Golosseum Volume 1 Review

‘Welcome to the New Arms Race!’

From here-on in an alternate ‘now’, world wars will be fought out in hand-to-hand contests between martial artists. Why? The invention of ‘Peacemakers’ have made all those who wear them immune to any kind of weapon attacks. In Russia, President Vladislav Putinov (all bare torso and rippling muscles) demonstrates his invulnerability to the Special Envoy from Japan and tells him, “A world where the strongest among us are those with superior bodies and the power to fight bare-handed.” Russia has developed ‘Czernobogs,’ “martial artists whose muscle mass and bone structure are doubled by special operations… to protect order in Russia and the world beyond.” At the same time we follow a young woman, Sasha Goundarenko, (the White Witch) as she travels to Hakodate to meet with a mysterious survivor of an earlier era in Russia’s troubled history: Rasputin. Sasha, another enhanced martial artist, who has the ability to ‘see’ the past, joins forces with Ryuzo, the great-great-grandson of Toshizou Hijikata and Rasputin to combat Putinov’s Czernobogs. And in the USA, President Billary Quintone has her own human weapon in Axe Bowgun (the US term is ‘Patriot) an Anti-Czernobog agent. Throw into this explosive mix the golden disc ‘The Sounds of Earth’ (sent into space on Voyagers 1 and 2 in 1977) but here, apparently mysteriously appearing in Tunguska in the early twentieth century.

“Can modern science even come up with this kind of thing?” silently wonders the bemused Japanese special envoy, speaking by and large for the goggle-eyed readership of Yasushi Baba’s 6-volume sci-fi/martial arts/political satire mash-up that is Golosseum. The political satire is drawn with big brush strokes and is far from subtle. Way far! In 2015 when this was first published in Japan, the outcome of the 2016 US presidential election was – of course – unknown and it’s interesting that Baba chose to plump for the Clinton/Quintone version. The mangaka has gone into great detail about his monstrous Czernobogs (and their opponents) and thus far the US version, Axe Bowgun seems to be a caricature of Hulk Hogan, while representing the Chinese, we have Li Yan-Long who resembles Bruce Lee quite a lot. There is a plot, laced with intriguing historical flashbacks but, at the end of the day, Golosseum is just an excuse for one massively grotesque smack-down after another, chapter after chapter. I’m no expert when it comes to WWE but I have a great fondness for old-school martial arts manga and anime (Kenichi: the Mightiest Disciple and Tenjo Tenge). This series is nothing like either of those titles as it’s mostly concerned with the political ‘satire’ which is a tad heavy-handed and maybe not as much fun as it could be. It’s difficult to get invested in the characters so far; Sasha is ‘interesting’ but as cold as her nickname suggests and the rather half-hearted attempt by the author to give her a sympathetic back story seems something of an afterthought. But it’s only the first volume so maybe the characterisation will improve. The art style is accomplished, unusual and highly detailed (all those abs and pecs…) but I (personally) don’t find it especially likable. It’s the first of Yasushi Baba’s manga to be published in the West and he seems to have made his name with long-running martial arts series, so certainly he knows how to depict a fight.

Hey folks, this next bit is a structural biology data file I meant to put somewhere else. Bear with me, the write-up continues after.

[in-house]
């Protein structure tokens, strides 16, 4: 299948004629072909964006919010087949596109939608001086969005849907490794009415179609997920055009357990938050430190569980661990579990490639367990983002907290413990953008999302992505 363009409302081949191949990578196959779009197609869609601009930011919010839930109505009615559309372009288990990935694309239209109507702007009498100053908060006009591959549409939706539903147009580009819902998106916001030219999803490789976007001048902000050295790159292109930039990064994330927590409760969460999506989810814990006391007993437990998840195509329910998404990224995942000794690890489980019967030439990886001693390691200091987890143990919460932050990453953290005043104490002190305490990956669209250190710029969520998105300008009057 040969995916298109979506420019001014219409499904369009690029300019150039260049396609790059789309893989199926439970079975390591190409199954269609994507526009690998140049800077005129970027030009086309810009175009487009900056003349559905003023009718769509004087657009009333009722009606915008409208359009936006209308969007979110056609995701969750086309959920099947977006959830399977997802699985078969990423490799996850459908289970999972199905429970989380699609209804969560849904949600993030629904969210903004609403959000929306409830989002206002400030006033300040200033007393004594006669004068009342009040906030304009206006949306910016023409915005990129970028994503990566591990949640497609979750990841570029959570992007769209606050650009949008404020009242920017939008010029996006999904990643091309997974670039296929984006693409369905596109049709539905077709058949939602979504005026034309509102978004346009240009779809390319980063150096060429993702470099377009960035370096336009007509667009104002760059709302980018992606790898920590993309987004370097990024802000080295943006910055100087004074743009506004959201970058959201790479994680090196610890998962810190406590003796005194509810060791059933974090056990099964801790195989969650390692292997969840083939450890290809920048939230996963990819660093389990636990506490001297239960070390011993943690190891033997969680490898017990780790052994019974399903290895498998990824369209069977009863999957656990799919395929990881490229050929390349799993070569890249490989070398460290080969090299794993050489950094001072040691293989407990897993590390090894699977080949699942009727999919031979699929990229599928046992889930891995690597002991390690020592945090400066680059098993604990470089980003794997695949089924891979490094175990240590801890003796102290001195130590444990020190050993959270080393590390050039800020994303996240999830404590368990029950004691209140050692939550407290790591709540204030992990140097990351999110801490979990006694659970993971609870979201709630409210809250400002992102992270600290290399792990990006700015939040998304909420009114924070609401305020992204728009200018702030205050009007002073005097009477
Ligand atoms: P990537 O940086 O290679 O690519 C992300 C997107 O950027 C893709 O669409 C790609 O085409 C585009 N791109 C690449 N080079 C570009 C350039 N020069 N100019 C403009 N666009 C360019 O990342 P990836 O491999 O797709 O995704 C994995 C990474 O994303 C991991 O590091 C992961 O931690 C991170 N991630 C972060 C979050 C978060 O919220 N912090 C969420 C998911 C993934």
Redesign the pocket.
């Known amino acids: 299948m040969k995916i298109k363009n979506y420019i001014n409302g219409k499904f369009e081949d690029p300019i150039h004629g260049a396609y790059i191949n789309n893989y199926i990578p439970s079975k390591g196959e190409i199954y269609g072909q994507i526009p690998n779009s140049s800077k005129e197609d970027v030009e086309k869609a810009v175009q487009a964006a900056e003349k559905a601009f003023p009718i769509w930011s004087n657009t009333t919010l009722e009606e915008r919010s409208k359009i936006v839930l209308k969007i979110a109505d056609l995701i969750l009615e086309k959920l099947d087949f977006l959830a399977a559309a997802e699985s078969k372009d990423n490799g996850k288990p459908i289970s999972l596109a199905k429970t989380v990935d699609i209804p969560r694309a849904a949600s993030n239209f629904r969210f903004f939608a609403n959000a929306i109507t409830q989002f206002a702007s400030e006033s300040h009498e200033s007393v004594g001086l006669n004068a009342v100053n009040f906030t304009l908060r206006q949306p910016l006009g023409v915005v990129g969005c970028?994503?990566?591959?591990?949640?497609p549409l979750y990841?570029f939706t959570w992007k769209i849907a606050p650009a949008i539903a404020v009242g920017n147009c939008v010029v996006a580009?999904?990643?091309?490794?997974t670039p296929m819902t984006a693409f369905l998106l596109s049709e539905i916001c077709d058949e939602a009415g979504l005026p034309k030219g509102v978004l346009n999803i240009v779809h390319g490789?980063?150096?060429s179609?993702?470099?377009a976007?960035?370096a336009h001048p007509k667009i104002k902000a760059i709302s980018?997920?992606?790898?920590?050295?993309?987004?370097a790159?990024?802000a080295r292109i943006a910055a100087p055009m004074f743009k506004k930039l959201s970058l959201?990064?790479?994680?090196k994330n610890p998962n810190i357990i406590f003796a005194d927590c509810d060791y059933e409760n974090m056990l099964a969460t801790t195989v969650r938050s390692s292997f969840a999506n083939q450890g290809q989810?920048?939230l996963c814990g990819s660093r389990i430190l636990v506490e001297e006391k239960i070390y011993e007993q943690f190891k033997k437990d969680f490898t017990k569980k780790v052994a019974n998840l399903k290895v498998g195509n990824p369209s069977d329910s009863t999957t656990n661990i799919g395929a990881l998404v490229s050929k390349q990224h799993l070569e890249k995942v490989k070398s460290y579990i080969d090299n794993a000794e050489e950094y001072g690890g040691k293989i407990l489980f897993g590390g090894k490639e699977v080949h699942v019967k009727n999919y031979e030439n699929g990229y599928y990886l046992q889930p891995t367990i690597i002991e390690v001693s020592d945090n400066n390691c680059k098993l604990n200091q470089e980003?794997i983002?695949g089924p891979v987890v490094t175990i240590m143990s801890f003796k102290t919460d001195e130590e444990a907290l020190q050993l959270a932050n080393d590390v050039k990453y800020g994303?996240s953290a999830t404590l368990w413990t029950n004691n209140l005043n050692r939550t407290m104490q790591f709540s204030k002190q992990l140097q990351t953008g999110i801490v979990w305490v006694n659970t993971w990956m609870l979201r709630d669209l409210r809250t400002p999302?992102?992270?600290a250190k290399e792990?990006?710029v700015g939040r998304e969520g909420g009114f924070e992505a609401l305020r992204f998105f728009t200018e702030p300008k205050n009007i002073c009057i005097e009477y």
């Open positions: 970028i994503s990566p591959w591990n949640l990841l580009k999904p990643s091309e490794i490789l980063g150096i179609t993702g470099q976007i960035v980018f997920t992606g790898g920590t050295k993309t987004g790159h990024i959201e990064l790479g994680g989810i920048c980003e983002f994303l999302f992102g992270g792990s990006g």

This series was originally published in a seinen magazine (no surprises there!) and the extras’ body count is eye-poppingly high (and yes, there’s some of that too). The female characters are portrayed as pneumatic martial artists and double up as cute part-time waitresses in a maid cafe, because, ya’ know, maids…

I haven’t seen the original Japanese release, but Kodansha have done a really neat job with the cover art which is wittily designed to look/read like a DVD/BD, with slogans on the front and the back credits telling us it’s in ‘Color/Black and White’ and the ‘Running Time is 194 pages’. The translation is by Kevin Gifford and reads smoothly – this one must have been quite a feat, given the technical info-dumps and Russian names. (Czernobog is the name of an ancient Slavic deity and means ‘black god’). There are two pages of helpful translator’s notes and a glossy colour title page inside this trade paperback-sized volume.

Golosseum makes its entrance in true WWE larger-than-life style. It’s violent. (Warning: don’t read if you’re fond of tigers.) Which element will win: the political satire, the historical mystery or the desire to just draw some really epic suplexes? (I know which one my money’s on…)

Read the first chapter for free here

 

7 / 10